A Guide to getting rid of Moles

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Moles are an underground wildlife pest that can be tricky to spot and even trickier to get rid of. While they can help rid your yard of insects, their underground tunnels are infamous for destroying lawns and gardens.

how to get rid of moles

Gather the Tools You’ll Need


a flashlight



A Pair of Gloves



A Pair of Boots (or closed-toe shoes)


Step 1: Survey Your Property

Carefully walk around your property to determine if you do have mole tunnels and locate where they are. Even during daytime, a flashlight will help you identify any raised areas before possibly tripping over them. Note that most species of moles are solitary, so even if you see many tunnels, it’s usually only the sign of one animal.

Step 2: Inspect Your Vegetation

Voles, gophers and groundhogs all create burrows and tunnels, so simply seeing those in your yard isn’t an automatic sign of a mole. Your next step should be to check your vegetation. Moles only eat insects and stay mostly underground, so any plant damage is a sign of another critter, like a vole. Monitor your plants every day to see if they look like they have been damaged or tampered with.

Step 3: Monitor For Critters

Knowing a mole’s physical characteristics is more helpful during a process of elimination. If you have noticed tunnels and damaged vegetation, there’s still a chance you could have a mole problem in addition to a separate herbivore pest. To be sure, make a point of monitoring your yard. The best way to do this would be to set up a camera for a day or two and watch the recording when you can. If you see a critter scurrying by, compare its appearance to that of a mole to determine what type of pest you’re dealing with. Keep in mind that moles only come on land to find a mate, so it is rarer to see one than other wildlife.

Step 4: Create A Long-Time Strategy

Once you have identified your pest, it’s time to develop a long-term strategy to get rid of it. It may be tempting to immediately start flattening the tunnels and mounds, but this could be dangerous if you haven’t removed the mole yet. Your first step should be setting traps and using repellents, whether you do this yourself or hire a mole control professional.

how to prevent moles

Physical Barriers

Moles can dig deeply, so a standard privacy fence around your yard won’t keep them out. However, smaller physical barriers around specific areas like your garden or and trees can keep them from tearing up roots and grass. These barriers must be fairly deep to be effective, which can make this task quite labour-intensive. Don’t create a physical mole barrier around your entire house unless you’re hiring professional help to do so.

The barrier should be at least 30 inches deep and five to six inches out of the ground. You can use the following materials:

    • Gravel (buried inside a trench and covered with dirt)
    • Wire Mesh
    • Wire Cages

Yard Drainage Improvements

Most moles need moist soil that is easy to dig through and which contains the necessary nutrition for insects to flourish. Reducing the moisture on your property and increasing your soil drainage can make your property less conducive to mole tunnelling. The following tips can help prevent your lawn from becoming too moist:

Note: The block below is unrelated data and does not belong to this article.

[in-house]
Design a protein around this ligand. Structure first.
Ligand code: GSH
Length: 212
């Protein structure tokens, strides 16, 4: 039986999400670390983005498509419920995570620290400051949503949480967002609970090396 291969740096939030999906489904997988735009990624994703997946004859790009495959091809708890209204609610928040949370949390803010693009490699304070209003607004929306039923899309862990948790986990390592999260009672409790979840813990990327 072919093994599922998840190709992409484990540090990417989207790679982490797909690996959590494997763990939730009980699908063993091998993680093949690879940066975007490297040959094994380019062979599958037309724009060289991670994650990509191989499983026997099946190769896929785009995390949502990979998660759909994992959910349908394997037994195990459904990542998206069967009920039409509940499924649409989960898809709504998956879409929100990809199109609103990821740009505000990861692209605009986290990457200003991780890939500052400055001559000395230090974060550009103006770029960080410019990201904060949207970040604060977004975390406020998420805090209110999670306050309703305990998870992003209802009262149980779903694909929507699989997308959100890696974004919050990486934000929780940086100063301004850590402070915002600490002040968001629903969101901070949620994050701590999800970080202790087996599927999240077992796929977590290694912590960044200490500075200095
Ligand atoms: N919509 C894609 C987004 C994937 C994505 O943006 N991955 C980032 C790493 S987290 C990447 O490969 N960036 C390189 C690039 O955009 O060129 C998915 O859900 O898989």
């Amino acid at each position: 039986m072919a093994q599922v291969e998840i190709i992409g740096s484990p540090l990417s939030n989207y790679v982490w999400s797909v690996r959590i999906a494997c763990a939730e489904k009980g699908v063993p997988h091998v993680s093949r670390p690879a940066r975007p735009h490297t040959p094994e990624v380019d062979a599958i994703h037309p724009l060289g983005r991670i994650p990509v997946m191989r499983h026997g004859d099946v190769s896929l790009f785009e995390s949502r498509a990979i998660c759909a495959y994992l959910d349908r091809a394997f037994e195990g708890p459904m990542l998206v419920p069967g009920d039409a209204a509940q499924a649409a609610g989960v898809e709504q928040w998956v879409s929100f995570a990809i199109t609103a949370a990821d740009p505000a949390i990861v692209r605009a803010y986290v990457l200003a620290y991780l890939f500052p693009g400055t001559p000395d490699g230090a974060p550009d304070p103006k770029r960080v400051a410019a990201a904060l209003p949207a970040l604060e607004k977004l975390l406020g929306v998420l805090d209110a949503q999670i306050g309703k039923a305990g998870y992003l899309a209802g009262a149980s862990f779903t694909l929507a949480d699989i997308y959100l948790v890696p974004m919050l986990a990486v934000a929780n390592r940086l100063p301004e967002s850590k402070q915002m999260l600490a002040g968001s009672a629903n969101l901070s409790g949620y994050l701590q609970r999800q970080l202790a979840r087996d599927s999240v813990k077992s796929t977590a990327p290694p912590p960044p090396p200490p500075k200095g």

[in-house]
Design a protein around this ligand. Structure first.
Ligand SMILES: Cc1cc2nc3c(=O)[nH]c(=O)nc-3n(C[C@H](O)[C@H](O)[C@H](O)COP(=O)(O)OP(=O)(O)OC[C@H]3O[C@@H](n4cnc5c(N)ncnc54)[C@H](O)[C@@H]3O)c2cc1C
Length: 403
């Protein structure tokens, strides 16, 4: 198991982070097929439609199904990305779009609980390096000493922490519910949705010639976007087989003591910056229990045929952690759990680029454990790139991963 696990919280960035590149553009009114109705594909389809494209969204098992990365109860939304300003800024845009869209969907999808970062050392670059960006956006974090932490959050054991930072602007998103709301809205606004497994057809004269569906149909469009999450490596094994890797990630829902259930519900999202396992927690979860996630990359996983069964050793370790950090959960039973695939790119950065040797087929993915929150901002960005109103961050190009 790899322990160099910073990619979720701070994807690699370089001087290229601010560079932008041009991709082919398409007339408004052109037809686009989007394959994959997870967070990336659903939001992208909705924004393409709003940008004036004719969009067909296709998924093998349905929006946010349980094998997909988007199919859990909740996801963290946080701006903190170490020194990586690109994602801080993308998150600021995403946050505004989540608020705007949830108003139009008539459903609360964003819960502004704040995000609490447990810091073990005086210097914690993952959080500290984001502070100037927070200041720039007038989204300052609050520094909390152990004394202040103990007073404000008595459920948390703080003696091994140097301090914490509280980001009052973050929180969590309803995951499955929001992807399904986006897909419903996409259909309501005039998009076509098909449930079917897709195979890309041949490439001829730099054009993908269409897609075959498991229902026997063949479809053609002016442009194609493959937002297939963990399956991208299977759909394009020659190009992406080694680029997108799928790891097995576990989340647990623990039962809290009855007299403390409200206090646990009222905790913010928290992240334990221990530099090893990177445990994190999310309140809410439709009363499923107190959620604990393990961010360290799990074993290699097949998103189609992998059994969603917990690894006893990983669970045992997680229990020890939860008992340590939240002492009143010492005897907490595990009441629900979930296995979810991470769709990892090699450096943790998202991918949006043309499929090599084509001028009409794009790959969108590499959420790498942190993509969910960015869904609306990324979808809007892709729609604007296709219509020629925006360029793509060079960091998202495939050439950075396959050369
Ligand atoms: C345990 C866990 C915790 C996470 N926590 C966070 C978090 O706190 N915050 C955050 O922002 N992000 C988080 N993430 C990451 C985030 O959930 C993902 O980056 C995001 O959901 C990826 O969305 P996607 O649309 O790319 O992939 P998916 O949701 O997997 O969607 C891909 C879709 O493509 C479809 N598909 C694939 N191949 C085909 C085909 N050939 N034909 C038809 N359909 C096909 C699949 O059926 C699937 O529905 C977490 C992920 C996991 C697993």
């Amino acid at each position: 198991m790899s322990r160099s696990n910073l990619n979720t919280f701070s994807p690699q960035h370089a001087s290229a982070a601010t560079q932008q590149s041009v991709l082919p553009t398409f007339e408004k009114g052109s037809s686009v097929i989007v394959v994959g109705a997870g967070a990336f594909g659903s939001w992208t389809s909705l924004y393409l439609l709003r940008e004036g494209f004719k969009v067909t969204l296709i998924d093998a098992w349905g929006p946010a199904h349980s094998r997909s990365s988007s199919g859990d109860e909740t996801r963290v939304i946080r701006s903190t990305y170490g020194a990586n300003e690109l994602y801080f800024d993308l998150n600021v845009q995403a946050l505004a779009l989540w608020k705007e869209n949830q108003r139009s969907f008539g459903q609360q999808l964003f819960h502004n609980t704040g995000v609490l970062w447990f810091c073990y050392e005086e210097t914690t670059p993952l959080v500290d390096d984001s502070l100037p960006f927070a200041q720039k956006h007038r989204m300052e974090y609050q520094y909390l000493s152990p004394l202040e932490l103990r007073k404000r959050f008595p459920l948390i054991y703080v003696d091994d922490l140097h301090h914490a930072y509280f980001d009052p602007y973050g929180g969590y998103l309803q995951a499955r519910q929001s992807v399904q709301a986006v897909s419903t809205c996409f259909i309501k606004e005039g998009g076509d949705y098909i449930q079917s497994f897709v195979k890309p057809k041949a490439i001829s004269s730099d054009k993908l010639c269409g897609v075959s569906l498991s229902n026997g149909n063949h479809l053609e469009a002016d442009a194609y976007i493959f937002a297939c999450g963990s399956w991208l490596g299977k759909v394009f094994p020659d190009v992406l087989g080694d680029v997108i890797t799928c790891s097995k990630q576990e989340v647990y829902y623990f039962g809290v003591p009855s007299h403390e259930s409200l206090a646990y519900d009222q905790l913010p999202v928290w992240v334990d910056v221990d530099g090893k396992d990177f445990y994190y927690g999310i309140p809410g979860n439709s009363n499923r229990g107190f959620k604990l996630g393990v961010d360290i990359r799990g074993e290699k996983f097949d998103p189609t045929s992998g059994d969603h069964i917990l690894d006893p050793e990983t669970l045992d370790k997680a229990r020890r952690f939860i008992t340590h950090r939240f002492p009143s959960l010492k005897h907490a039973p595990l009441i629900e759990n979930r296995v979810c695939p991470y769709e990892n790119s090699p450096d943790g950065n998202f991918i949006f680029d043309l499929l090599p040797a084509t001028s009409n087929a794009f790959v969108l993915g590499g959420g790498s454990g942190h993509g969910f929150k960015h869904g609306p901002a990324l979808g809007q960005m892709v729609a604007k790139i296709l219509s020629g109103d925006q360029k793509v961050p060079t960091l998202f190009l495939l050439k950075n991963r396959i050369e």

• Keep mulch around your yard to a minimum.
    • Rake up piles of leaves and other yard debris as often as you can. Otherwise, they’ll sit in your yard and retain moisture, allowing the soil underneath to remain wet.
    • Trim back your trees and bushes regularly so that your yard sees as much sunlight as possible. This will help dry the yard out after every time it rains.

Use a dry roller across your lawn regularly and help compact the soil and make it less likely to retain moisture. Keeping it compact will also prevent moles from being able to dig through it.

    • Use proper landscaping methods to prevent puddles or areas that don’t drain properly after it rains. This could mean surveying your yard after rainfall to see if water is pooling anywhere. If so, you may be able to take care of it yourself with a shovel, or you may want to call a professional landscaper if the job seems too big to complete on your own. Either way, properly landscaping your property is a great investment that helps keep out a multitude of other pests.

When to Call a Professional

Although moles are generally an easy DIY yard problem, sometimes it is better to hire help before the damage becomes too extensive or costly. If you’re experiencing any of the following scenarios, contact a wildlife professional who specializes in mole control:

    • You aren’t sure if you’re experiencing a mole problem or if a similar type of critter has invaded your lawn. (Moles and voles, groundhogs and gophers can all yield similar damage and resemble each other.)
    • You’ve used several DIY methods already, and nothing seems to be working.
    • You can tell that there are multiple moles in your yard, so the problem will be too difficult to resolve on your own.
    • The mole or moles have already caused extensive damage, so you want to prevent any more from happening.
    • At any point, you’ve felt that your own or your family’s safety has been compromised.

There are also certain instances when you’re implementing preventative measures where it would be wise to contact a professional rather than attempting to do it on your own. This could include setting up physical barriers that reach the requirements necessary to keep out moles or working on any landscaping in order to prevent the buildup of moisture in your yard.

Hire a Local Exterminator

If your pest problem is too big to handle, we recommend hiring a local exterminator.